Within minutes of eurozone finance ministers reaching a deal to cut Greece’s debt late on Monday, commentators on Twitter were dismissing it as another exercise in “kicking the can down the road.”
To an extent that is true. Under the agreement, the eurozone and the IMF will give Greece two more years to reach its budget goals and will find another 44 billion euros (US$57 billion) to keep the country afloat in the meantime.
However, while a degree of can-kicking may be going on, there was a critical element in Monday night’s deal that goes a lot further than any other step taken so far in the debt crisis to get Greece back on its feet.
Implicit was an understanding that Greece will undergo some form of official sector debt restructuring — with eurozone countries forgiving a portion of Greece’s debt — at some point in the future, the sort of last-ditch measure usually reserved for impoverished states in Africa and Latin America.
At a news conference in the early hours of Tuesday, German Finance Minister Wolfgang Schaeuble came closer than he has ever done before to publicly acknowledging that creditors face such an eventuality — a move that will be very hard for the likes of Germany, Finland, Austria and the Netherlands to take.
“When Greece has achieved, or is set to achieve, a primary surplus and fulfilled all of its conditions, we will, if need be, consider further measures for the reduction of the total debt,” he said, looking weary after 13 hours of negotiations.
The timing and reference to a primary surplus are important.
The Greek economy is forecast to return to growth during 2014 and to achieve a primary budget surplus — the balance before deducting the cost of debt financing — of 4.5 percent of GDP in 2016.
By the end of that year, the EU-IMF assistance program should be over and Greece will in theory be on its own, financing itself in the financial markets in the normal way.
Monday night’s deal took care of the extra financing Greece will need between 2014 and 2016 and set out a series of steps the eurozone and Greece will take to get its debt level down from about 190 percent of GDP next year to 124 percent by 2020.
However, what it did not set out in precise detail is how Greek debt will go on falling, from 124 percent of GDP in 2020 to 110 percent in 2022 and 88 percent in 2030, as agreed during the talks.
It did not say how Greece is expected to win back market confidence in 2016 even though its debt level that year is still expected to be 175 percent of GDP.
The answer is a combination of lower interest rates and longer maturities being applied to loans to Greece, as well as Athens paying down more of its own debt thanks to growth and the potential for eurozone states to write down their loans.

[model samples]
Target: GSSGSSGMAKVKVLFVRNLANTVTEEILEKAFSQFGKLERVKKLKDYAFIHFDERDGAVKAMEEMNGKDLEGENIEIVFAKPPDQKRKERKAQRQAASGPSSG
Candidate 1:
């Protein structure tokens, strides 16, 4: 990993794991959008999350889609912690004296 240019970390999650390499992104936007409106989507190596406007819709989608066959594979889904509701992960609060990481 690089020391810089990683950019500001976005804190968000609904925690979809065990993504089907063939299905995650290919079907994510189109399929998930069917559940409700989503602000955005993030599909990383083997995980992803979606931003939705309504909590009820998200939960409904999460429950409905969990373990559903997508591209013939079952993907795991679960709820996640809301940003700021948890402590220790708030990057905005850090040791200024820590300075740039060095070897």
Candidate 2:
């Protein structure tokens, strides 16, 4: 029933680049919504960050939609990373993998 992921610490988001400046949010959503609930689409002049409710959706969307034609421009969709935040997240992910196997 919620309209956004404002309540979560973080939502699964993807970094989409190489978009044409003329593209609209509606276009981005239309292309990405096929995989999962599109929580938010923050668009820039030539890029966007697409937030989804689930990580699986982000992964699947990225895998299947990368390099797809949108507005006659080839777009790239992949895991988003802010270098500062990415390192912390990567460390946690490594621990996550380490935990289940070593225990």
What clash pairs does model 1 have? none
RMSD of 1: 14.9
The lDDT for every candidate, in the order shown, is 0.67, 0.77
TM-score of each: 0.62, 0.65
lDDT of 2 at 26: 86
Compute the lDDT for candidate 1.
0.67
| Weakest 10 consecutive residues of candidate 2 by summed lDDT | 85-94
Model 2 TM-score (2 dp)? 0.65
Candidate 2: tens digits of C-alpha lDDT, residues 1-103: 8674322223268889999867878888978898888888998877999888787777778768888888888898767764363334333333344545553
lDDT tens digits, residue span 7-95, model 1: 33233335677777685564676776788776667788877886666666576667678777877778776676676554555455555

“Euro area member states will consider further measures and assistance, including lower co-financing in structural funds and/or a further rate reduction in the Greek loan facility if necessary,” EU Commissioner for Economic and Monetary Affairs and the Euro Olli Rehn said, again hinting at the possibility of a more fundamental overhaul of debt in the future.
An EU official closely involved in the discussions on Greece said there was a general unwillingness among eurozone countries to acknowledge that they may have to forgive some of the 127 billion euros they have so far lent to Greece, even if all of them know the issue cannot be avoided forever.
In order to make Greece’s debt sustainable in the long term, the IMF has determined that it must be cut to about 120 percent by 2020 and 110 percent by 2022. However, there is no guarantee that those levels will be sustainable on those dates.
As a result, the prospect of a debt writedown has to remain, especially as the eurozone countries, who will soon be responsible for about three-quarters of all Greek debt, have said time and again that they will do what is necessary to keep Greece afloat and in the eurozone.
The EU official said the best option would be for eurozone countries to bite the bullet and write down 40 billion to 50 billion euros of loans to Greece in 2016 or shortly afterward, so that its debt-to-GDP ratio is aggressively reduced and the country can more easily return to financial markets.
However, that is unlikely to happen, since no member state wants to write down any Greek debt, the cost of which would be born by taxpayers. Each state will do everything possible to ensure that any writedown, if it must happen, is as small as possible.
“If you were really going to help Greece, you’d write off enough debt to get the ratio down to 60 percent of GDP, which is a decently sustainable level,” the official said. “But that’s never going to happen. No one’s going to buy that.”
Instead, the possibility of debt forgiveness will hang over the eurozone for the next four years and will, whether countries like it or not, have to be tackled at some point.